- Grades I and II tumors are the slowest-growing and least malignant; grade I tumors are generally considered borderline between benign and malignant.
- Grade III tumors are considered malignant and grow at a moderate rate.
- Grade IV tumors, such as glioblastoma multiforme, are the fastest-growing and most malignant primary brain tumors.
Gliomas may develop from several types of glial cells.
Astrocytomas are primary brain tumors derived from astrocytes, which are star-shaped glial cells. Astrocytomas account for about 60% of all malignant primary brain tumors. Astrocytoma tumor types by grade include:
- Grade I. Pilocytic astrocytoma is one of the most common types of glioma in children.
- Grade II. Diffuse astrocytoma (also called low-grade astrocytoma) typically occurs in men and women ages 20 to 60.
- Grade III. Anaplastic astrocytoma typically occurs in adults ages 30 to 60 and is more common among men than women.
- Grade IV. Glioblastoma multiforme (GBM), also called glioblastoma, accounts for about 50% of all astrocytomas and is one of the deadliest types of brain tumors. These highly aggressive malignant tumors grow rapidly. They are most common in older adults (ages 50 to 70), particularly men. Only about 10% of childhood brain tumors are glioblastomas.
Oligodendrogliomas develop from oligodendrocyte glial cells, which form the protective coatings around nerve cells. Oligodendrogliomas are classified as either low-grade (grade II) or anaplastic (grade III). Pure oligodendrogliomas are rare. In most cases they occur in mixed gliomas. Oligodendrogliomas usually occur in younger and middle-aged adults.
Ependymomas are derived from ependymal cells, which line the ventricles (fluid-filled cavities) in the lower part of the brain and the central canal of the spinal cord. They are one of the most common types of brain tumor in children. They can also occur in adults in their 40s and 50s. Ependymomas are divided into four categories: myxopapillary ependymomas (grade I), subependymomas (grade I), ependymomas (grade II), and anaplastic ependymomas (grades III and IV).
Mixed gliomas contain a mixture of malignant gliomas. About half of these tumors contain cancerous oligodendrocytes and astrocytes.
Gliomas may also contain cancer cells derived from brain cells other than glial cells.
Location of the tumor
Gliomas are also described by the location of the tumor. Examples include:
- Brain stem gliomas develop in the lowest portion of the brain. The brain stem connects the cerebrum (the largest part of the brain) to the spinal cord. Between 10% to 20% of brain tumors in children are brain stem gliomas. Most of these tumors are astrocytomas.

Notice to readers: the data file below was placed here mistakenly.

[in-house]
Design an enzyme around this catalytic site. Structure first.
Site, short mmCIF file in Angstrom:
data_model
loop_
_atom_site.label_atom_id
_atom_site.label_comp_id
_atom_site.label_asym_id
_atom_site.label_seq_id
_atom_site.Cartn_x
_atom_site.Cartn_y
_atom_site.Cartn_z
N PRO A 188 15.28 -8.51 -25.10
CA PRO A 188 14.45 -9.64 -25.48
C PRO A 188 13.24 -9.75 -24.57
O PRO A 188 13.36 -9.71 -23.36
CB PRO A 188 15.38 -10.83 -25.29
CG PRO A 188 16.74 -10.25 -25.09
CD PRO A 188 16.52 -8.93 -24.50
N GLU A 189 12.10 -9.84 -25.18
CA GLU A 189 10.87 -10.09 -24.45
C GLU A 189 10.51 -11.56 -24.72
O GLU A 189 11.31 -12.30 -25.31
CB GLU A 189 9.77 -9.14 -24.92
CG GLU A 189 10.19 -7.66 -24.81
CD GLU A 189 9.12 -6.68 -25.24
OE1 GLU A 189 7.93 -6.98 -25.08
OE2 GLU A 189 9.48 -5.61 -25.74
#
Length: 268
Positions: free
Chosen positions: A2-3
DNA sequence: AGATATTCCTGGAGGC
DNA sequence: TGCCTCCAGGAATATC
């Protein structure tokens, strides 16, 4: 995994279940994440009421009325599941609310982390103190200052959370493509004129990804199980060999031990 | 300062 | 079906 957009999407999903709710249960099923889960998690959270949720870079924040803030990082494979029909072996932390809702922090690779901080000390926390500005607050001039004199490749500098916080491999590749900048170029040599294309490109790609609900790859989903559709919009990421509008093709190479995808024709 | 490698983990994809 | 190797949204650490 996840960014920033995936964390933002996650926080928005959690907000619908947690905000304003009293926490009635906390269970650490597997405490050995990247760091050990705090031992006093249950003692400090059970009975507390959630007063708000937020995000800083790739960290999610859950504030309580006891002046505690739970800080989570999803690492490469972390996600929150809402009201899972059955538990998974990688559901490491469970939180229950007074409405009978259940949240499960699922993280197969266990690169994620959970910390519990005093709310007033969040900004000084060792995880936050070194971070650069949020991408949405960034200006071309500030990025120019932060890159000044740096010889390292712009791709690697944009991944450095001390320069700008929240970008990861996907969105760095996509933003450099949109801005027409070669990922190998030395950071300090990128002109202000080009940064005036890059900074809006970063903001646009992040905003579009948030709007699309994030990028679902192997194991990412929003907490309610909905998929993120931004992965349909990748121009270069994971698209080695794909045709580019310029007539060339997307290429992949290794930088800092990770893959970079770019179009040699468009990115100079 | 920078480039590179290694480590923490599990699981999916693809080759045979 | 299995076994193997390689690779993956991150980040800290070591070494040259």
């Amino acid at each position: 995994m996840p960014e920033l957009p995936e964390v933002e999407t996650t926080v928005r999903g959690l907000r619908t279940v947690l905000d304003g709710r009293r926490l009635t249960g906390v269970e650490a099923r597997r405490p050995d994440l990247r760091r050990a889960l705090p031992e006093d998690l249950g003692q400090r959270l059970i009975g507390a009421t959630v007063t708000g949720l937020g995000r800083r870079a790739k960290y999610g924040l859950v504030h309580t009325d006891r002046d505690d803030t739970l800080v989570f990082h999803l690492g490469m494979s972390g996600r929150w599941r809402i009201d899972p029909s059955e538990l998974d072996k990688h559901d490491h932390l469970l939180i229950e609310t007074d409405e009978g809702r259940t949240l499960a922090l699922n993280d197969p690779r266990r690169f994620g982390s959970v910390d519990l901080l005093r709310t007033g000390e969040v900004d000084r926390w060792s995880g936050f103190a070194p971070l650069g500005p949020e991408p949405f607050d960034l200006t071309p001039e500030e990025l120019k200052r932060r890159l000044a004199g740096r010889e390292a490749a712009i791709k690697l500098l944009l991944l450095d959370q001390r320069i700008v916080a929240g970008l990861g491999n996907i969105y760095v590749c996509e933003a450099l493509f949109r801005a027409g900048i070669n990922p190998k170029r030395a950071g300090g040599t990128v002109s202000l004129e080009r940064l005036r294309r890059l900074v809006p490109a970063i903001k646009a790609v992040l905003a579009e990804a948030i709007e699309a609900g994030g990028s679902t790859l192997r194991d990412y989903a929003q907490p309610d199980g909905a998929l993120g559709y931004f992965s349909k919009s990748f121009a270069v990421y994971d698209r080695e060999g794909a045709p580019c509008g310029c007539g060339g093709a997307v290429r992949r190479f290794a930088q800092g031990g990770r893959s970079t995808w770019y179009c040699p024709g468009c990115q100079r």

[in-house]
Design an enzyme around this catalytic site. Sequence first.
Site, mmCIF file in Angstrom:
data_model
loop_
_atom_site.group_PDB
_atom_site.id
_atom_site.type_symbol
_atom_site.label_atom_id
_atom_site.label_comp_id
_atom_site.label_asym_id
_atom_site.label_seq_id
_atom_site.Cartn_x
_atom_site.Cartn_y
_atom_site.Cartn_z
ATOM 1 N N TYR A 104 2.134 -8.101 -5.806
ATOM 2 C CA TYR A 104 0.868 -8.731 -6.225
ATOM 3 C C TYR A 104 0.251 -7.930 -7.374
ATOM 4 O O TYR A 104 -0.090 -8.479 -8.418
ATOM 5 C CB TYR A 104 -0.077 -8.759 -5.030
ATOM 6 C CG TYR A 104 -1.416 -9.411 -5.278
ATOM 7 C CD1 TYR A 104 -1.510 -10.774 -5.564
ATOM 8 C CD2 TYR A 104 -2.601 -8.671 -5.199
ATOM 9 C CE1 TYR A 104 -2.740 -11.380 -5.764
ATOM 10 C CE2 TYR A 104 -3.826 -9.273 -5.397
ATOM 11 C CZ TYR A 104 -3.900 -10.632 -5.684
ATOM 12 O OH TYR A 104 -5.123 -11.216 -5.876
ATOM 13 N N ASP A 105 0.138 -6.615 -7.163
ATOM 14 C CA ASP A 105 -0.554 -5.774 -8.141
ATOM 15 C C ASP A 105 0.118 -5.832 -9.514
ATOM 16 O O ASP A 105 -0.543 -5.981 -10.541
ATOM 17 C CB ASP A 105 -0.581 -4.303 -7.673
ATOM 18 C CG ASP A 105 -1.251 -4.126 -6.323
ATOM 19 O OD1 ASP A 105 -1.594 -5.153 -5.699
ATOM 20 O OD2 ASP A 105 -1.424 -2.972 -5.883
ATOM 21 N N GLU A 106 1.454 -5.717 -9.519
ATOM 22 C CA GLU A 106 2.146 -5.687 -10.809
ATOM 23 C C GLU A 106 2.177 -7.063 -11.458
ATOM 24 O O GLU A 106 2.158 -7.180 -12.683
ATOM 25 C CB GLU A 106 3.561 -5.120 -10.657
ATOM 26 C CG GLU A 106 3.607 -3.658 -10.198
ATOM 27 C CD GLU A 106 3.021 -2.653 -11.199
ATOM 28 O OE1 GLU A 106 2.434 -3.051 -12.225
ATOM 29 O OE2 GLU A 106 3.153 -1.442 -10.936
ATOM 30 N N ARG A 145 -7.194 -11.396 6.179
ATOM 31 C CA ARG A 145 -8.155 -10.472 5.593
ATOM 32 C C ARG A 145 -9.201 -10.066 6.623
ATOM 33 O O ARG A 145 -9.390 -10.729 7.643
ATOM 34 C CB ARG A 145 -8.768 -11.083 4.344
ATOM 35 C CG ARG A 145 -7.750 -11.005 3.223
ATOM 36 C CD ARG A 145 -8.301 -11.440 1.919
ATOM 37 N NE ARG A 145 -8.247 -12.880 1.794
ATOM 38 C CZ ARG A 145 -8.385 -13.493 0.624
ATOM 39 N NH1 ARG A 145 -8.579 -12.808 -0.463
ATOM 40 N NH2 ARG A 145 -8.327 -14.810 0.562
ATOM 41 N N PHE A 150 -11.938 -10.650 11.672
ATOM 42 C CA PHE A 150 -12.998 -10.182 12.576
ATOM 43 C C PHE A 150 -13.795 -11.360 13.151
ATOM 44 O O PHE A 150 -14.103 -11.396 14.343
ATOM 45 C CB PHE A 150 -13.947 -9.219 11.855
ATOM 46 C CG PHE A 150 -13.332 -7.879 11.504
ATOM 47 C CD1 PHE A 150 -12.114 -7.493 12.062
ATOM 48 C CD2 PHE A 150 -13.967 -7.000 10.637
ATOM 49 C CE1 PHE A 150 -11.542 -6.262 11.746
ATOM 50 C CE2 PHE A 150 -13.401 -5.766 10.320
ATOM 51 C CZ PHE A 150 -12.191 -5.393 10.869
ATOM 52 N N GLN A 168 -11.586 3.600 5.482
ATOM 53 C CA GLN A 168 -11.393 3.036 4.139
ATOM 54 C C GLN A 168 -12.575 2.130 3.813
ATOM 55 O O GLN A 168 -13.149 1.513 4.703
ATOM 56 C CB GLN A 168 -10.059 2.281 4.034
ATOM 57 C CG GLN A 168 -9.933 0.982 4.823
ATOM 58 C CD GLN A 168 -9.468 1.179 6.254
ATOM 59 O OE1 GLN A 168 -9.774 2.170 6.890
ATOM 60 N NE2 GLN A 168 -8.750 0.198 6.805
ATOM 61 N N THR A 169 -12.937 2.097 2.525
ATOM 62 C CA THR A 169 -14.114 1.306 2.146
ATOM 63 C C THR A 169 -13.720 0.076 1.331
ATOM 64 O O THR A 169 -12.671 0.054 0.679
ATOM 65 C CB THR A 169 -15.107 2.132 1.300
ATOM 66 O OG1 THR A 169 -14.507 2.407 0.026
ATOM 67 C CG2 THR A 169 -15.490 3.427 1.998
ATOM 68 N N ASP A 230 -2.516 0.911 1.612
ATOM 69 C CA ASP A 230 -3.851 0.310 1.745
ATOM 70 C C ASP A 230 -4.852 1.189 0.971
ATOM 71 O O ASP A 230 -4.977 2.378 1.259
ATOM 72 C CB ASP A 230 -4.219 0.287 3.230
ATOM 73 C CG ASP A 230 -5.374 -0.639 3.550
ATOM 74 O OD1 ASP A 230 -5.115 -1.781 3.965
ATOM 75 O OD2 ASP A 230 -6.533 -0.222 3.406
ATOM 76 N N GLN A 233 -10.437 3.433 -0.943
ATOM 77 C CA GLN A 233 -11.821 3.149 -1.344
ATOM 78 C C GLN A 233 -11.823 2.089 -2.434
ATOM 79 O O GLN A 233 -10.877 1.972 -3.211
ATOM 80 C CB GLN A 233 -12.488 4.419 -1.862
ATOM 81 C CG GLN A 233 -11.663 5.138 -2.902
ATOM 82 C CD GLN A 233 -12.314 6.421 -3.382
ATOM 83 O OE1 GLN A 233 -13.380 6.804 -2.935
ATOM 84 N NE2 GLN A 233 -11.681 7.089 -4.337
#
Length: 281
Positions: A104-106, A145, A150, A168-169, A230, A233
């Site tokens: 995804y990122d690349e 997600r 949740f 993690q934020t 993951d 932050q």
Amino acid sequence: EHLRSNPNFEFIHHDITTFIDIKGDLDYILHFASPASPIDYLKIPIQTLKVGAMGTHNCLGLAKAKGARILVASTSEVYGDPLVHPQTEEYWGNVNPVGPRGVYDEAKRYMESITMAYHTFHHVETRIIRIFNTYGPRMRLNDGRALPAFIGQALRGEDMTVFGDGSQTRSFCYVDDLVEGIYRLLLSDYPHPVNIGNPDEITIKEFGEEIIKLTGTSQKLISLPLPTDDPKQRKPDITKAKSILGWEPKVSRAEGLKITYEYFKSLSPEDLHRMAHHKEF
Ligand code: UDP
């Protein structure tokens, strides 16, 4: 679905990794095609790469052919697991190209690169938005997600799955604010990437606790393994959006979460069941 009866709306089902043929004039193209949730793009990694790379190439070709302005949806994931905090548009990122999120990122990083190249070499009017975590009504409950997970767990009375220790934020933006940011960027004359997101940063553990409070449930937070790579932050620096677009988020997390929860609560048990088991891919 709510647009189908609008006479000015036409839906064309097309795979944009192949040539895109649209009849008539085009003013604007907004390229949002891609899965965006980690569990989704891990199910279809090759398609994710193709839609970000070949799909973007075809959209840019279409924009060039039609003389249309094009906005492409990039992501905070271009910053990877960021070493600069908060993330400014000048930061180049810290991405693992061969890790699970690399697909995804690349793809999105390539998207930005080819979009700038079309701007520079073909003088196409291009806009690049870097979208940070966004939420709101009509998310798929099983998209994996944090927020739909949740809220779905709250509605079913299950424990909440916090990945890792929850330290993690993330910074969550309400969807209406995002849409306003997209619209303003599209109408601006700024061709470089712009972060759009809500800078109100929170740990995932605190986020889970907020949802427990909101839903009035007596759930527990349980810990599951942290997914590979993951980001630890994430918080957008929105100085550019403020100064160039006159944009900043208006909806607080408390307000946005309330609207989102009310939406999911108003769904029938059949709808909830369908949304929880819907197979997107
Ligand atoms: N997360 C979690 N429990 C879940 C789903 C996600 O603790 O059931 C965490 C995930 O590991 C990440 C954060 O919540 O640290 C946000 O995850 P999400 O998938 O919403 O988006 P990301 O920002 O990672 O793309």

A stroke affecting the brain stem is potentially life threatening since this area of the brain controls functions such as breathing and instructing the heart to beat. Brain stem stroke may also cause double vision, nausea and loss of coordination. The brain stem also controls less essential abilities such as articulate speech.
- Cerebellar astrocytomas occur in the cerebellum part of the brain, which controls balance and coordination.
Cerebellum - function
The cerebellum processes input from other areas of the brain, spinal cord and sensory receptors to provide precise timing for coordinated, smooth movements of the skeletal muscular system. A stroke affecting the cerebellum may cause dizziness, nausea, balance and coordination problems.
- Optic gliomas occur in the optic nerve and other parts of the eye. They primarily affect children younger than age 10. About 20% of children with the genetic disorder neurofibromatosis 1 (NF-1) develop optic gliomas. Pilocytic astrocytoma and fibrillary astrocytoma are common types of optic gliomas.
Primary Non-Glioma Brain Tumors
Malignant types of non-glioma brain tumors include:
- Medulloblastomas are always located in the cerebellum, which is at the base and toward the back of the brain. These fast-growing high-grade tumors represent about 15% to 20% of pediatric brain tumors and 20% of adult brain tumors.
- Pituitary tumors (also called pituitary adenomas) comprise about 10% of primary brain tumors and are often benign, slow-growing masses in the pituitary gland. They are more common in women than men.
Embryonal tumors (formerly called "Primitive Neuroectodermal tumors (PNET)" are a group of tumors that are malignant grade IV tumors. These include tumors that are also called ganglioneuroblastoma, medulloepithelioma, neuroblastoma, and other embryonal tumors. These primary tumors occur more often in children. Most have specific genetic causes.
The pituitary gland